2560 x 1600

  • Henro

    You literally just don’t know anything about culture.

    The fact that EVERY culture to one degree or another has conformity does not mean that Japanese conformity is unique to Japan. Every culture has marriage, too, but guess what: it is different in almost each and every one. THAT’s how culture works, and the thing is that people who are actually educated and know the most basic fundamentals of culture and anthropology? We understand that YES, ALL cultures share these basic things – but THIS particular culture does it MORE or LESS than the others.

    In other words: anyone who isn’t a complete idiot understands that YES, we do this too. We conform in our societies, too. We have social problems, too. But JAPAN’s culture, and JAPAN’s social issues are the topic at hand, and they are different from others. They conform MORE than we do, and not in the same WAY that we do.

    It is seriously not that f-ing complicated, and all your BS about how anyone who critiques Japanese culture is having “in-group/out-group issues” is just idiotic trolling. The longer you rant, the more you reveal how LITTLE you know about culture. By the way – the word you want isn’t “in-group/out-group.” It’s “ethnocentrism” you ignorant troll. AND GUESS WHAT: it isn’t inherently ethnocentric to discuss another culture, nor to critique what you do-and-do-not like about it.

  • Henro

    F-ing typo: ” does not mean that Japanese conformity isN’T unique to Japan.”

    In other words: Japanese conformity not only is different than US conformity – it plays a DIFFERENT social role in Japanese culture and is viewed differently by Japanese people. The fact that we share a cultural concept doesn’t mean that we USE it the same way or that we VIEW it the same way, and if you knew the first basic f-ing thing about culture, you would know that.

  • Henro

    I like your article, but my gut response is that you are…off. Not wrong, exactly, but off. Funasshi, for example, is less kimo-kawaii and more a troll. My feelings towards him is that he is formally a yuru-kyara – he fulfills all the criteria of being one – but he is in no way a proper yuru-kyara. He is a post-modern parody of a yuru-kyara, and I think he is absolute genius.

    I think kimo-kawaii is linked to Japanese formalism. A lot of Japanese culture I encounter is that X=X regardless of context or circumstances. Kyary Pamyu Pamyu is like this, I think: formalistically, she is a cute girl: she has the voice, the frills, the funny dance. But she sneaks that creepy stuff in, just like Funasshi. She’s technically cute – formally, she fulfills all the necessary criteria – but she’s playing with it.

    In fact, I think that may be EXACTLY what “individuality through conformity” means: Funasshi and Kyary are playing the system. They are fulfilling all the technical rules, but in practice, they are breaking all of them. A LOT of Japanese culture works this way. You follow the rules to the T, but then you sneak in this crazy thing that’s not IN the rules – you’ve got your school uniform, you’ve got your proper school bag, you’ve got the appropriate shoes – but there’s NO RULE that says you can’t put your necktie on your head – and you ARE still technically wearing it. Funasshi is a yuru-kyara in every technical way – but no one ever said a yuru-kyara had to be SANE. He’s still a yuru-kyara.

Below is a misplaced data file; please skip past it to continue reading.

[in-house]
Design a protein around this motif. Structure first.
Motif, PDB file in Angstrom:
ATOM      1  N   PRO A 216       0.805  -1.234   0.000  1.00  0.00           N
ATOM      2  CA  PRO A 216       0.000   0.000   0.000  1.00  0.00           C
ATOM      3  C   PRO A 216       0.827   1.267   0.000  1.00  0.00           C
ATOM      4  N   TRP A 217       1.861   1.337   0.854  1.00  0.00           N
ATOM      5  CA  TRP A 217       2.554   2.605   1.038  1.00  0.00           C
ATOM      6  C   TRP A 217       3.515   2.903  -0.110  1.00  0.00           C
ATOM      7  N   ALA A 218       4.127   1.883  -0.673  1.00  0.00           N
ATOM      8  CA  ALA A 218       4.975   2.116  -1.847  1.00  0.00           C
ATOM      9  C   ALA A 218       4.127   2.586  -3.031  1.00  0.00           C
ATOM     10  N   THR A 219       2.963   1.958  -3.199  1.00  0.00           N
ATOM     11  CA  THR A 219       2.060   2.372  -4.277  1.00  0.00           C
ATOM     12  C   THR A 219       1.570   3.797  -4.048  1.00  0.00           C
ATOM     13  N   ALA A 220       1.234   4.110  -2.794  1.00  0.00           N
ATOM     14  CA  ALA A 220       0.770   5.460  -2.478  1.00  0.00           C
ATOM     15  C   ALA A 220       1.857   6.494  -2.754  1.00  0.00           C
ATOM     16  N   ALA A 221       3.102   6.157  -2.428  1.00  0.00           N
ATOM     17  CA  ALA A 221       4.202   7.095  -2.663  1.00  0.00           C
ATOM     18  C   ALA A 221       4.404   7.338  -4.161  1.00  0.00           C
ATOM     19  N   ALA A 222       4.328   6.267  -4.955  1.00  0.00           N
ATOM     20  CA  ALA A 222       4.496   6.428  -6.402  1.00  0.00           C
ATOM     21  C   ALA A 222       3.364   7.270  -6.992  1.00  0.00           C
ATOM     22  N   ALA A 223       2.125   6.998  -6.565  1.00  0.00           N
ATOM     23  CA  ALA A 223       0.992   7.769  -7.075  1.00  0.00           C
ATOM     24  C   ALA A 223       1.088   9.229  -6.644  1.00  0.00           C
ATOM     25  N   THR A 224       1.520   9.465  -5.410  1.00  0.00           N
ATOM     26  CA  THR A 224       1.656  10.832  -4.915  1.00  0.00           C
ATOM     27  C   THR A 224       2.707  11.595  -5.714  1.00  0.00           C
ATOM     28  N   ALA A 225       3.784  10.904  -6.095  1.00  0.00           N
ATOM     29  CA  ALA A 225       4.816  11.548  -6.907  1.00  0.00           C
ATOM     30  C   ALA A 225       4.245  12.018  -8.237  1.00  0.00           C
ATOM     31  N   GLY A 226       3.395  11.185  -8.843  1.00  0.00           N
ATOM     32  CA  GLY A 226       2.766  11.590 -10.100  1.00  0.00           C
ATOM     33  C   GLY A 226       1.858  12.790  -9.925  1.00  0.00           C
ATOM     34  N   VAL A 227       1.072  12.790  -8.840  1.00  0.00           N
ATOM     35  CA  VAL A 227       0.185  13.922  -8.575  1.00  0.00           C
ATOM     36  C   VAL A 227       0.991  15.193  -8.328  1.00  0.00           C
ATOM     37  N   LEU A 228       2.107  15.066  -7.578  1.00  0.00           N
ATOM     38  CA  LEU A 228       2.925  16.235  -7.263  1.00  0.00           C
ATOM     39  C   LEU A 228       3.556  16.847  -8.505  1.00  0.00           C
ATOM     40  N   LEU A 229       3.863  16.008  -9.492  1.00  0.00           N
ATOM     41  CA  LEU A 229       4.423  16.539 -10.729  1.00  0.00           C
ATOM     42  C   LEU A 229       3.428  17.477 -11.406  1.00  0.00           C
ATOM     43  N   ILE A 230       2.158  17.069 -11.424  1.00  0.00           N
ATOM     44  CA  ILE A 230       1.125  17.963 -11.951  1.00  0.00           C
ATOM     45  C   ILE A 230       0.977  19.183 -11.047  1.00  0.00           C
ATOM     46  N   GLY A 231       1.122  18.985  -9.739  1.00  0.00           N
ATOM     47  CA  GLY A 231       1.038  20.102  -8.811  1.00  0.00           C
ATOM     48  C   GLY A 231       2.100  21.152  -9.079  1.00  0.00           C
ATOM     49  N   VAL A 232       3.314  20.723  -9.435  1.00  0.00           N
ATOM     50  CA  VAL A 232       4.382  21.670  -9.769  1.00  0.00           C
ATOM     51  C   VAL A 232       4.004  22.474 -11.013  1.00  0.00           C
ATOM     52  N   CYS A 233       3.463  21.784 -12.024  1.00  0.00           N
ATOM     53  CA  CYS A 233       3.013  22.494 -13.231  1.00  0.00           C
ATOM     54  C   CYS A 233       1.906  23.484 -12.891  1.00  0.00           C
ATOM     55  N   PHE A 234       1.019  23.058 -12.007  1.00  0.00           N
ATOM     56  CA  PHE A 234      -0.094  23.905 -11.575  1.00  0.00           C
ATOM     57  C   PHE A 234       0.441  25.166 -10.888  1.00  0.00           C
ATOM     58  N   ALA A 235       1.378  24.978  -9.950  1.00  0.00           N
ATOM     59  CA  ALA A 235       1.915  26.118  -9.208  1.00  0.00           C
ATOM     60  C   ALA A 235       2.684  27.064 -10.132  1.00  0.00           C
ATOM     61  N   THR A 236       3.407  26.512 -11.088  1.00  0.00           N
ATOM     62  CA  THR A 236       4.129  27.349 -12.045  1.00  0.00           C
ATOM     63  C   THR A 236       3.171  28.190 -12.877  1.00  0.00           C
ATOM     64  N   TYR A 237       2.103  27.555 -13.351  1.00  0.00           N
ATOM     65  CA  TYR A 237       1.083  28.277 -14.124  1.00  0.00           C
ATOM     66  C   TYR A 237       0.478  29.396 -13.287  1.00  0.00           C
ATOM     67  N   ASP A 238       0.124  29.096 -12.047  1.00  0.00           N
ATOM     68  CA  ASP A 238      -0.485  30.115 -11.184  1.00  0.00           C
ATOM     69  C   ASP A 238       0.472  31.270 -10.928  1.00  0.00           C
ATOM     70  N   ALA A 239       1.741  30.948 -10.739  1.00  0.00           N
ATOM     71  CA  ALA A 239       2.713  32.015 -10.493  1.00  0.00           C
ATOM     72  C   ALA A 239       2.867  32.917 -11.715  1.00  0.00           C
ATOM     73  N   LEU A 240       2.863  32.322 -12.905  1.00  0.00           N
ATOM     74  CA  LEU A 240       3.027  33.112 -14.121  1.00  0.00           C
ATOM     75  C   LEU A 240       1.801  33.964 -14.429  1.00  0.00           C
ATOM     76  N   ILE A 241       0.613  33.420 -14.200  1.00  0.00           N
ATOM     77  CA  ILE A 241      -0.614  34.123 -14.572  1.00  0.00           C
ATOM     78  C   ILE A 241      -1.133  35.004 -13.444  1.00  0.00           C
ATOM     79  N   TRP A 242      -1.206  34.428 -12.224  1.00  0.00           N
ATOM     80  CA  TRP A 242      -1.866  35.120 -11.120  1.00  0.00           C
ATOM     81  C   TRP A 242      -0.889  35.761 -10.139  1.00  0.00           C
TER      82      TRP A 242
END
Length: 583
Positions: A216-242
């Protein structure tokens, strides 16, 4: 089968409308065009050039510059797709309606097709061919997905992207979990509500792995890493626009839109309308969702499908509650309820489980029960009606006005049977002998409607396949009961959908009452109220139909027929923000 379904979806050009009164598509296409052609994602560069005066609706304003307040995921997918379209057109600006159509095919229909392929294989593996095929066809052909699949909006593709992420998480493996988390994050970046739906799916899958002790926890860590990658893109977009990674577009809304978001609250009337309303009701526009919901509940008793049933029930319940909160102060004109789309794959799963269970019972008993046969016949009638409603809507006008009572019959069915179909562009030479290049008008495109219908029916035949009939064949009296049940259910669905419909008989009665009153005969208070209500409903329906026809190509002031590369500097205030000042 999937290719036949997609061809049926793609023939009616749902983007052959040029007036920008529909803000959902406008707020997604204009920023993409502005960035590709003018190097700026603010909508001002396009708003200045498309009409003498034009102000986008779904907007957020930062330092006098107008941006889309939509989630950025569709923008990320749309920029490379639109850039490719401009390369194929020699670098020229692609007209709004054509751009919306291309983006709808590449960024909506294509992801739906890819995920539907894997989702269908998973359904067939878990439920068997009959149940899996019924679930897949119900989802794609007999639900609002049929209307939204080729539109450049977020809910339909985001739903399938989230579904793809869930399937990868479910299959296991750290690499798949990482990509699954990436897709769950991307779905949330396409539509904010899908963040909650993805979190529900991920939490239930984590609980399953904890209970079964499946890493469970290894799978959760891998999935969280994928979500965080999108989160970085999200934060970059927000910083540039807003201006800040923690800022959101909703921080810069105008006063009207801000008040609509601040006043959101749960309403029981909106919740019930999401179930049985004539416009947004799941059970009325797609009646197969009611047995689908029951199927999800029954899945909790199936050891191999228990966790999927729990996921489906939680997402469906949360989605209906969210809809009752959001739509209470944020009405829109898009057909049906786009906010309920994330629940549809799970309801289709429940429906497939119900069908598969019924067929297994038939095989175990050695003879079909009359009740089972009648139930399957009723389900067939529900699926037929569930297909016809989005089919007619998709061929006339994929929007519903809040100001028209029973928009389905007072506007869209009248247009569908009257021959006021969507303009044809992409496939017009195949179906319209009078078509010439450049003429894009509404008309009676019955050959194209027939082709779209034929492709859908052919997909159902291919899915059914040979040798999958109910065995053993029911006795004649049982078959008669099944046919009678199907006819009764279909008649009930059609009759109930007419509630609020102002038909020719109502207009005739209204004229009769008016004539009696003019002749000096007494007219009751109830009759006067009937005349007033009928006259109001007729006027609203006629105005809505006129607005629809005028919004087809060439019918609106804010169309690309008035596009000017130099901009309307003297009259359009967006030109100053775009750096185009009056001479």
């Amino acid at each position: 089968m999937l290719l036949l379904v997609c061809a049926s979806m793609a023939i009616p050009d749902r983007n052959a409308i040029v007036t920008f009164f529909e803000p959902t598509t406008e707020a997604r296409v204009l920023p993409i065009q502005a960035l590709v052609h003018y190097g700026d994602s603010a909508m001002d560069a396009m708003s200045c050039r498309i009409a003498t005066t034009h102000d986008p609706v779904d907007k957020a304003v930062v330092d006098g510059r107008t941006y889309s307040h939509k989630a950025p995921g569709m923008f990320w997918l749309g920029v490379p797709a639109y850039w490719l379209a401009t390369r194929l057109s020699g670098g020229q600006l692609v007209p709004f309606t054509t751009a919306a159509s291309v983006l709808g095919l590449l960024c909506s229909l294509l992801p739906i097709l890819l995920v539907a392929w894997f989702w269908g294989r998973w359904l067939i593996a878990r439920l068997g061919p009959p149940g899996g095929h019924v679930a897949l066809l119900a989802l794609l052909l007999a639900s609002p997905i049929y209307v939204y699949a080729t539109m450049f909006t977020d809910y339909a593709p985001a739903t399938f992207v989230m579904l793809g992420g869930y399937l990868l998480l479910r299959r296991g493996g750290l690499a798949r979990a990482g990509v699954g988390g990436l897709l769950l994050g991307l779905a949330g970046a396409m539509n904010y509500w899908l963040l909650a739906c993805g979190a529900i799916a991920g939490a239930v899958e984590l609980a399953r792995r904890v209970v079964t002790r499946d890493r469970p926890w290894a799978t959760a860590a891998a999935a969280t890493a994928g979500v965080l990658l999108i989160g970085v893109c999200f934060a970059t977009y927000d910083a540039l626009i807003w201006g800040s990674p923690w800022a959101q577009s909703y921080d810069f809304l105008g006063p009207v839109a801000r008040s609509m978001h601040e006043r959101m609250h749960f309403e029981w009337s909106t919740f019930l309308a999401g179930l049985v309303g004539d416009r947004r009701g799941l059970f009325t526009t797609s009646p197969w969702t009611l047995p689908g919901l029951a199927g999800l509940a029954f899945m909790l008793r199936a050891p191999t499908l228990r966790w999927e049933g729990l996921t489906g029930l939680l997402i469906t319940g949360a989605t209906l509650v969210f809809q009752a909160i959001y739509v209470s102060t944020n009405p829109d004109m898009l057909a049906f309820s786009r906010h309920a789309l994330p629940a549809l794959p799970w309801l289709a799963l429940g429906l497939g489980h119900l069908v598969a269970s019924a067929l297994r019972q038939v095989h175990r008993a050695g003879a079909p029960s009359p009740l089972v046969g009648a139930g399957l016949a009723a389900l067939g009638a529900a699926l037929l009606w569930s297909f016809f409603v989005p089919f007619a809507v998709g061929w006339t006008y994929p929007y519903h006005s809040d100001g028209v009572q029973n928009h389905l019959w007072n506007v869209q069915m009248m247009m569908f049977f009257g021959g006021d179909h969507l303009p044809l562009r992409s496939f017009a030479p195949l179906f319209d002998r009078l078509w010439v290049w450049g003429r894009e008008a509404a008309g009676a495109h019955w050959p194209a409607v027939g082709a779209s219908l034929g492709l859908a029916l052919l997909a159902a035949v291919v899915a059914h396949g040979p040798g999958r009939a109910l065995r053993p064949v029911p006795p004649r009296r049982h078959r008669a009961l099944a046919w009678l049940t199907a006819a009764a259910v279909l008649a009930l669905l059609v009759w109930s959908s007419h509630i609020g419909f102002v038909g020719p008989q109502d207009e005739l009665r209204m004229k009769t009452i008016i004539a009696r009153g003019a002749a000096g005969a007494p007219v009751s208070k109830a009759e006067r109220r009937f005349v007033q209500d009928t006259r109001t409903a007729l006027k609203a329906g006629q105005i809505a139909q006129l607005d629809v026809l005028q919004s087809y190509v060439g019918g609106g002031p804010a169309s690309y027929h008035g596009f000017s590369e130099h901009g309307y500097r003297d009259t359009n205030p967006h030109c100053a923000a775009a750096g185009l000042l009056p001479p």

Which isn’t to say this is a bad article, I just don’t think you fully considered the cultural context in which it exists.

  • Henro

    Oh, man, I have the same thing. I can literally just sit and giggle to myself thinking about Funasshi. He is the best thing I’ve seen in Japan in the past few years. Absolute. Best.

    Watch this video:
    http://www.youtube.com/watch?v=5qeg39jgvsg

    He just doesn’t care!

  • Applesauce 21

    Wow, the comments on this article are so serious o_O I feel sorry for the intern! To cheer your guys up, here is a kobitodukan lolly pop :D http://www.youtube.com/watch?v=-Xo8-bDn9ic

  • Lourdes

    I am new to the Tofugu/Textfugu world so I wanted to congratulate Rachel on a great article. It’s sad one can’t read (or write) anything on the Internet anymore without generating some of the responses below. Please continue to provide great content for those of us that wouldn’t have a way to find out about what’s going on in Japan otherwise!

  • Cassandra

    See also:

  • SamuraiAvenger

    “Who Killed Cock Robin?”

  • noisyninja

    *Violence

  • Jan Kowalewski

    I like Hello Kitty. That’s good for me. Keep your kimokawaii for yourself if you like it ;p

  • Dyna1

    LMFAO!!! OMG LOOOL!

  • Mwani

    Ahahah

  • CoffinUnicorn

    i have always had an interest in things like this, and well now i know that it has a name! I’ve always loved Kyary, her video for Fashion Monster kind of fits this trend! This is a fantastic first post though,good job.

  • ninjamitsuki

    Even though most people think he is horrifying, as intended, I always thought that Salad Fingers was cute in a dark, twisted way. After learning about kimo kawaii though, I actually looked up a Japanese subtitled upload of Salad Fingers on Nico Nico Douga and I saw a lot of comments about how “cute” he was. At least 15 comments said “かわいい”

    So I guess Salad Fingers would be an example.